This is the power of the policy work we do every day in the courts. That is to say, lawfare works because you may “win” not only with a judgment in your favor and thus force a policy change by verdict or court ruling, but also with just the threat of a lawsuit by having a track record that demonstrates to government bureaucrats and even to Muslim Brotherhood operatives that you will “almost certainly” litigate aggressively and with great competency. This “almost certainty” threat that AFLC will draw lawfare blood and run you through the ringer is the demonstrable effect of lawfare or policy-driven litigation. San Francisco is not the only transit authority to have capitulated and said so publicly. The general counsel to Chicago’s transit authority literally wrote us a letter after we threatened litigation saying so expressly. NY’s MTA conceded as much as well. A Florida transit authority paid our client not to sue and accepted our condition that all non-commercial ads be prohibited—thus preventing the CAIR ads our client’s proposed ads were meant to counter.
And as we have noted above, it goes beyond bus ads and government agencies. CAIR, the Muslim Brotherhood’s tip of the spear in the US, subpoenaed neighbors in a small Michigan town and threatened them with legal process for just showing up at a zoning meeting to raise traffic concerns over a mega-Mosque expansion in their neighborhood. We took CAIR to federal court on their behalf, quashed the subpoenas, and won a sanction for attorneys’ fees. Last year, a CAIR operative sued 4 counterterrorism experts (Stephen Coughlin, John Guadolo, and Patrick Poole, among them) for defamation for a second time after we forced a dismissal a year earlier but dismissed the lawsuit with prejudice after we threatened the plaintiff and his lawyer with a motion for sanctions. Another defamation lawsuit by a CAIR-linked lawyer in Ohio suing Pamela Geller for $10 million was dismissed with prejudiced after we filed a massive motion for summary judgment.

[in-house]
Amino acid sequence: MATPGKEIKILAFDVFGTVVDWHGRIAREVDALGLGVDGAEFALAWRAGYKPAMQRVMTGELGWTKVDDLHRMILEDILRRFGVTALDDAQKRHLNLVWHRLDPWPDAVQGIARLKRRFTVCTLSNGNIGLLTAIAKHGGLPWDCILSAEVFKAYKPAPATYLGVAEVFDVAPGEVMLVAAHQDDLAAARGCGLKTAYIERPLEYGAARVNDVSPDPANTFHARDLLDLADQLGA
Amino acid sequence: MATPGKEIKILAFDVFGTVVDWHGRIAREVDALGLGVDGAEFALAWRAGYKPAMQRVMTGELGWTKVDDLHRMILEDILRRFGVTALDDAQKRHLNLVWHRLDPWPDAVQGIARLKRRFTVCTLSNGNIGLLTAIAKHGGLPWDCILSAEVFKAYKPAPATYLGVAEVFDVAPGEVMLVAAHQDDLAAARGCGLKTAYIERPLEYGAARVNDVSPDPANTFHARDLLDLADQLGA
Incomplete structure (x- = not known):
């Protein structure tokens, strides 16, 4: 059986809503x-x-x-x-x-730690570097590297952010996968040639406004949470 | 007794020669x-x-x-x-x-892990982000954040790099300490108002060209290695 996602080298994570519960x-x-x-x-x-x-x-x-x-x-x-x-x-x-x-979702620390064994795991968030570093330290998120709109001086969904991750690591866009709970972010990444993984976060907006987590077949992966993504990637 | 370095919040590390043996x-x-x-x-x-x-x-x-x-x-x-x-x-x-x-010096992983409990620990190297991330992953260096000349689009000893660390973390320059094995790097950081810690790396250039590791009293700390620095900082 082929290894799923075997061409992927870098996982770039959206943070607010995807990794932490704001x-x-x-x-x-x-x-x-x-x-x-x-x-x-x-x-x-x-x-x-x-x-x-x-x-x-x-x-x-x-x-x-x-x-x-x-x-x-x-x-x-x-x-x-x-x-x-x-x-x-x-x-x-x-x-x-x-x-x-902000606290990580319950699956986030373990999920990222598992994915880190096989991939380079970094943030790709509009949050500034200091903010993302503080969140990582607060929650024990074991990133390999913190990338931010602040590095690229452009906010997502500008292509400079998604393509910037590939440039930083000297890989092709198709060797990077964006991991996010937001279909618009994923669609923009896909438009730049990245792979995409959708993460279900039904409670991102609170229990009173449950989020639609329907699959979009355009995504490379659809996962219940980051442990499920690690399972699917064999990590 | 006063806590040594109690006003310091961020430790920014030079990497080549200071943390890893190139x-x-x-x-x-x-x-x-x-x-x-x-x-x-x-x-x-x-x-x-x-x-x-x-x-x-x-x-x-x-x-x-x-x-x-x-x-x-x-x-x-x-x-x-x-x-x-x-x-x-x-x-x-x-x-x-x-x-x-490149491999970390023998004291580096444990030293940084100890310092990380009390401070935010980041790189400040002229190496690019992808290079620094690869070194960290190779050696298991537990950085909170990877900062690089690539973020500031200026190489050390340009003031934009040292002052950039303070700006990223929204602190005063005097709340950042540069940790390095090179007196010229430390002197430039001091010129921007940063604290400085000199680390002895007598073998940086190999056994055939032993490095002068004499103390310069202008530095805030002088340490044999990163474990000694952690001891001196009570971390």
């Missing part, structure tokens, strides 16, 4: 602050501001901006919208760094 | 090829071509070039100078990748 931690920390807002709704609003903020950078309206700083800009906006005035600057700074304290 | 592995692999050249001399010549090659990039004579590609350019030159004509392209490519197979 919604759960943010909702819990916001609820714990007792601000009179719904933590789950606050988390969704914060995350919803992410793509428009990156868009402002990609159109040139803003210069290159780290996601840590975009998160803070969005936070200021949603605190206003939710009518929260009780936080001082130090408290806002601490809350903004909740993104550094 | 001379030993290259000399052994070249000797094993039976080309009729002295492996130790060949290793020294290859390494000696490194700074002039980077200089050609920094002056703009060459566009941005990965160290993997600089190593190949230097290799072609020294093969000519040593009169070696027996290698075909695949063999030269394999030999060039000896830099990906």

Our point here, once again, is to demonstrate why policy issues must be fought in the courts—not exclusively by any means, or even primarily—but fought nonetheless. When this work is done consistently, at the highest level of competency and professionalism, liberty’s enemies in and out of the court system take notice and respond accordingly. Some of the most liberal of judges in the federal courts have praised our work and AFLC’s Senior Counsel Muise and Yerushalmi specifically. Uniquely, courts provide a leveling of the playing field where even hostile judges are forced to confront in the quite public domain facts and legal arguments even as they apply their transparent ideological biases. They also know that these biases will be challenged on appeal until there is no challenge left. This battle wears on the ideologues in and out of the system and emboldens Jane and John Q. Public that while their voices may or may not be heard in the electoral outer chambers or in the smoke-filled public policy inner chambers, they will be heard in our courts.
For those of you who have supported our work in the past, we appreciate your efforts in making our efforts possible. For those of you who have yet to lend a hand, we would like to think this post will go some distance in enticing you to join our efforts.